Gift #3 — Gratitude

I have a little bit of a rebellious streak. Ok. I have a lot of a rebellious streak. Just ask my mom. Any time someone tells me something is good for me I tend to drag my feet.

Exercise more. Ok. Tomorrow.

Stop drinking pop. Sure thing. Next year.

Eat less chocolate … “No way!” Seriously! NO WAY!

So, I’ve learned I have to trick my brain at times into doing the things I know are good for me. That’s how I started keeping a morning routine of Bible study and prayer. I decided to give myself the “gift” of “quiet time.” Calling it a “gift” helped me imagine it was something I really wanted, and I was excited to “open” the “gift” every morning for myself.

Even before that though, I gave myself the “gift” of a change in attitude. Every night before bed, I wrote out a gratitude list of things I was grateful for during the day. It was an idea I got from Sarah Ban Breathnach in her book “Simple Abundance.” It was a “gift” I gave myself. At the end of a month of doing that, I realized how much of a difference it had made in reducing my worry time and in helping me sleep better. It made such an impact on me that I decided to give myself more “gifts” like doing yoga and the quiet time I mentioned before.

That’s where the idea of this study comes from. I want to help you give yourself “gifts” this season that will help you embrace God’s love. So far, we’ve given ourselves the “gifts” of openness and of a prayer partner. Now that you are open to new ideas and you have a prayer partner supporting you, let’s do a little attitude shifting!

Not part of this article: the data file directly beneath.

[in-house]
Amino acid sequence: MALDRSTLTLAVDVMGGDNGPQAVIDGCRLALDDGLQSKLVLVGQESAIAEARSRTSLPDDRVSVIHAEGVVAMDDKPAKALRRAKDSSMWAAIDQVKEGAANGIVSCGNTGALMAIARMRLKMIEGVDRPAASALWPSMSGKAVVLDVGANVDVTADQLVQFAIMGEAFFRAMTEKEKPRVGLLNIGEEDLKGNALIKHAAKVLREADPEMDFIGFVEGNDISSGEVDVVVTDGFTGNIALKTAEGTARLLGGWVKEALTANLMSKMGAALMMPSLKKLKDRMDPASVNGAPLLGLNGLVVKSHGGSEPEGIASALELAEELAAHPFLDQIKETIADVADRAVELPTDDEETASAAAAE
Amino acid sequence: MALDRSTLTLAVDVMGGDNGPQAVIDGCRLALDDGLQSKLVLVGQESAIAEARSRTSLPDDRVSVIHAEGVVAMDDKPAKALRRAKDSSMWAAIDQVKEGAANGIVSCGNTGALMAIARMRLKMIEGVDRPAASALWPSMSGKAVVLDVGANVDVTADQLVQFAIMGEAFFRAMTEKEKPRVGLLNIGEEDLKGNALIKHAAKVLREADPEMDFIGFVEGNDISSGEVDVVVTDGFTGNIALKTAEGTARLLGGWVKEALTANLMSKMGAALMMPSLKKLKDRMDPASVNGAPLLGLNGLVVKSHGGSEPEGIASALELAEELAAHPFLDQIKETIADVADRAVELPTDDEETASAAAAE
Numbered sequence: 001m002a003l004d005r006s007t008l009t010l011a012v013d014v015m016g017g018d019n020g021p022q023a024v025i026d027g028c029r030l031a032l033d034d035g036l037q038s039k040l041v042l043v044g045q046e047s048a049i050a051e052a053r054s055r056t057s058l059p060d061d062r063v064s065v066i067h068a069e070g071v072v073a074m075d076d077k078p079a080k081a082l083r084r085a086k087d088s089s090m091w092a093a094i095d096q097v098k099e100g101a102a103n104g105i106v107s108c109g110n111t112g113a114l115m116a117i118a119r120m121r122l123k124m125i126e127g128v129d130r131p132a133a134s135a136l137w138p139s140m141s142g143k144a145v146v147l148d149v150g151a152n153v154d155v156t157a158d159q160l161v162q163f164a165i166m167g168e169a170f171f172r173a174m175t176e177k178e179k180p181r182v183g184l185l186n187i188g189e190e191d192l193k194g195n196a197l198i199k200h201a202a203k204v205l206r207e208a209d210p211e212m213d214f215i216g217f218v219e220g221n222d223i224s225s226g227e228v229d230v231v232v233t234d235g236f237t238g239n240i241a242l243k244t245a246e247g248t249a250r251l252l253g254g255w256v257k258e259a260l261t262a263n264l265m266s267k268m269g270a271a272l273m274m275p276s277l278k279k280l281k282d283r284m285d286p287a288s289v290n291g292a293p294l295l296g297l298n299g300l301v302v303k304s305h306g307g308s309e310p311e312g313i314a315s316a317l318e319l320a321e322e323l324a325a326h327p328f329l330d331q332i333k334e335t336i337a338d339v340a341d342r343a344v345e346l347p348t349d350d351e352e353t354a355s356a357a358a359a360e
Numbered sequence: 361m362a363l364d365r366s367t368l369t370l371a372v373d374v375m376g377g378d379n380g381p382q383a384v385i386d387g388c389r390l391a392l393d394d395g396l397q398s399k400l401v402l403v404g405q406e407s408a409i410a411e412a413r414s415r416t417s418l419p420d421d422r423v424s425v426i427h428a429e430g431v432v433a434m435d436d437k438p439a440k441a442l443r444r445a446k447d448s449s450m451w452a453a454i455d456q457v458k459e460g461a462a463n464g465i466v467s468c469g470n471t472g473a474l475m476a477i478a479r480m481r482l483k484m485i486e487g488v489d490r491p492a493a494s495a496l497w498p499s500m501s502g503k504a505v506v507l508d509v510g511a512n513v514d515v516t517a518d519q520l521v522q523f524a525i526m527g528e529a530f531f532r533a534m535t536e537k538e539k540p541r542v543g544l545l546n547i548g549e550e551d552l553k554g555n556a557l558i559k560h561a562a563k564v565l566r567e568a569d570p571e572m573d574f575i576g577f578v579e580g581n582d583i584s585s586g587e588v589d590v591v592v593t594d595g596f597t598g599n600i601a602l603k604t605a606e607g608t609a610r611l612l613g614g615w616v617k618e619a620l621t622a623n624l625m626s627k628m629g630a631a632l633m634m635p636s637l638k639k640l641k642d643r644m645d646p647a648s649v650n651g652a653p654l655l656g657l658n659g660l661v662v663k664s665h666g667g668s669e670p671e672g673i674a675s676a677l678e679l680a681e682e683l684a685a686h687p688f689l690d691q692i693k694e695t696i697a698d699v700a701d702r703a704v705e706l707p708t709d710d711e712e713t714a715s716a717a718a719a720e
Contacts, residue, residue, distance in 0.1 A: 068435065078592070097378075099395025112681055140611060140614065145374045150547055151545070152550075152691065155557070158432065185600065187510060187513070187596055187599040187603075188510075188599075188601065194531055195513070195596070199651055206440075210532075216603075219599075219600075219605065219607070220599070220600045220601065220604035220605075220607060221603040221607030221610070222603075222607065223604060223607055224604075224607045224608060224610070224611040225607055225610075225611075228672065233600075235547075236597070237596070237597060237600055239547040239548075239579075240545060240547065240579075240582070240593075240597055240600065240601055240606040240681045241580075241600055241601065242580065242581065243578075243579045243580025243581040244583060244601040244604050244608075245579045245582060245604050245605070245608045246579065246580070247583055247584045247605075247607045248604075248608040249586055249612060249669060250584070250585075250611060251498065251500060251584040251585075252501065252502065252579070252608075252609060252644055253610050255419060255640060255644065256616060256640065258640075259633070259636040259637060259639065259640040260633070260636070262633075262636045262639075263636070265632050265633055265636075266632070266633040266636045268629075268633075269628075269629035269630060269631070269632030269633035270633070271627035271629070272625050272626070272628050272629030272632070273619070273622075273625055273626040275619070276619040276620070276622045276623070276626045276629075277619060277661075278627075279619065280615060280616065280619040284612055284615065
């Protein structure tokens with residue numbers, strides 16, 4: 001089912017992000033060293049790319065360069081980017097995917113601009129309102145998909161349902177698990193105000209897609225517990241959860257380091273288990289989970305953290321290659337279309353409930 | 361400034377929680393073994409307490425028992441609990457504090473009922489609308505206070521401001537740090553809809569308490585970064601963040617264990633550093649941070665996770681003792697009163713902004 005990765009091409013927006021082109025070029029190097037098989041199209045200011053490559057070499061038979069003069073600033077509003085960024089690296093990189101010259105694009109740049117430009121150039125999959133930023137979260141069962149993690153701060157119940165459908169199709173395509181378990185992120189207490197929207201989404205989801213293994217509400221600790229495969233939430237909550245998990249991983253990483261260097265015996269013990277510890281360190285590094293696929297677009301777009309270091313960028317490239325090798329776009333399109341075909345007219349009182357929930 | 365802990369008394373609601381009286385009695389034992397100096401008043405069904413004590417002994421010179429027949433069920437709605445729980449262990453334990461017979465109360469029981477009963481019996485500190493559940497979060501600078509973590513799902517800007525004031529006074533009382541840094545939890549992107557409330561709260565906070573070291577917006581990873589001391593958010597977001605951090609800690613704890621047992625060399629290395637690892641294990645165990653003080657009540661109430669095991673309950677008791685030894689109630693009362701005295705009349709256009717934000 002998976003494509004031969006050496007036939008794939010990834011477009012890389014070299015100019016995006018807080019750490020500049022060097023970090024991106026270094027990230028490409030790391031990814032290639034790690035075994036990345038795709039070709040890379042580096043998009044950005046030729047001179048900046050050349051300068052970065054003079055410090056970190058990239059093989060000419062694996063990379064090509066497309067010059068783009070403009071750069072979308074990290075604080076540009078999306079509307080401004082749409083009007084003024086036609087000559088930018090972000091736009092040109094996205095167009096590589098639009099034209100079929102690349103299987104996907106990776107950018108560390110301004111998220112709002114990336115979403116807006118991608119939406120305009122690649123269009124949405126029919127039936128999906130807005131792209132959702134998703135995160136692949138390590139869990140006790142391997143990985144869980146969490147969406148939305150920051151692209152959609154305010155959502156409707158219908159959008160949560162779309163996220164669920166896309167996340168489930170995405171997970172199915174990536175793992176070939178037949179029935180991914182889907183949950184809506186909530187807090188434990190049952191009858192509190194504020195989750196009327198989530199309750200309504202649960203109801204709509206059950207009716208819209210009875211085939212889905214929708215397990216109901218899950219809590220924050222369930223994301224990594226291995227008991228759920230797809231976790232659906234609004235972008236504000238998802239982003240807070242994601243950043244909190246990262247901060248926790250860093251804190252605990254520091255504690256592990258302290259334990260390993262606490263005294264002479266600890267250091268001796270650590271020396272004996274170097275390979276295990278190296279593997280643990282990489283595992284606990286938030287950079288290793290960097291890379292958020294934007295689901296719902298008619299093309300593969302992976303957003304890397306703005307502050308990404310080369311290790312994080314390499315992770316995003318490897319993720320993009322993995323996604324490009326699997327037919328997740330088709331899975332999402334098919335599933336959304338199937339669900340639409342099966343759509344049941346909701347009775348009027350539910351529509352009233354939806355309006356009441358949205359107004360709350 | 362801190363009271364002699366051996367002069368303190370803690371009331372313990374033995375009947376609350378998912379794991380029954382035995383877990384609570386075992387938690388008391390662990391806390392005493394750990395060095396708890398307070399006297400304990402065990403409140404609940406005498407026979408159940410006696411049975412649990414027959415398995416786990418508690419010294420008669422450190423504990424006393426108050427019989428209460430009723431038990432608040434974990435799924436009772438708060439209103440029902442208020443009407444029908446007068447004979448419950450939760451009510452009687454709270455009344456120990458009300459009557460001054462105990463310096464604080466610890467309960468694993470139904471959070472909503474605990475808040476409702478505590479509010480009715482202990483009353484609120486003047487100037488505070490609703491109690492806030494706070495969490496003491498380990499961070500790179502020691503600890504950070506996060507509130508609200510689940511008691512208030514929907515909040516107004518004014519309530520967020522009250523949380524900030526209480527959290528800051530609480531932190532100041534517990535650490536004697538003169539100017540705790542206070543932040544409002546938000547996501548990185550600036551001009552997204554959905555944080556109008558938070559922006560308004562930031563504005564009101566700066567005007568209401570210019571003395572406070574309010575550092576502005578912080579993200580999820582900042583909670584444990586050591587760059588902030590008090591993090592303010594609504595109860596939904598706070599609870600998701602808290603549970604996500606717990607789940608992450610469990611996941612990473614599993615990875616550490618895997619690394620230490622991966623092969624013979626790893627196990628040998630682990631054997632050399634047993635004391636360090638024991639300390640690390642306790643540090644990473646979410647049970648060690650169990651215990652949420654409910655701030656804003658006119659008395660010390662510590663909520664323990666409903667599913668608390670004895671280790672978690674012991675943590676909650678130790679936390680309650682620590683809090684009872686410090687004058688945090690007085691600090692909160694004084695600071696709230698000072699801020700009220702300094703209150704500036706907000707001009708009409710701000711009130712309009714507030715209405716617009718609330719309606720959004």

Let’s look at Mary and Elizabeth again and the praises they sing when they first see each other. When Elizabeth realizes she is pregnant she expresses her gratitude by saying, “This is what the Lord has done for me when he looked favorably on me and took away the disgrace I have endured among my people.” (Luke 1:25.) Mary responds with a beautiful hymn that begins with “My soul magnifies the Lord, and my spirit rejoices in God my Savior”. (Luke 1:46-47.)

Ok. It’s easy to imagine a teenager who just found out she’s carrying the son of God saying thank you and singing praises to God. It’s also easy to picture an older woman, possibly postmenopausal, singing and dancing for joy when she learns she is going to have a baby at long last. But what about an ordinary person on the dreary dark days of winter? What is there to be thankful for on those days? Or what about the couple who have gone through a miscarriage? Or the family who have lost a child this year? Or the family on the verge of bankruptcy and foreclosure? What is there to be thankful for in those circumstances?

That’s why we are going to give ourselves the gift of a habit of gratitude. So, when difficult circumstances surround us, we can still find the simple, mundane miracles that surround us every day. Gratitude becomes like a lens that you begin to view life through. Rather than focusing on lack or loss, illness or worries, gratitude inspires an awareness of the teeny tiny, ordinary miracles that surround us on the ordinary, uneventful days of our lives.

We are on a journey to rediscover the joy and mystery of Christmas. We are looking to peer behind the curtain, the thin veil that separates the spiritual from the physical world. That takes practice and intention. The wise men were students of the stars. They did not just happen to look up one night and find a new star. They knew it was different because they had been studying the night sky most likely every ordinary night for years.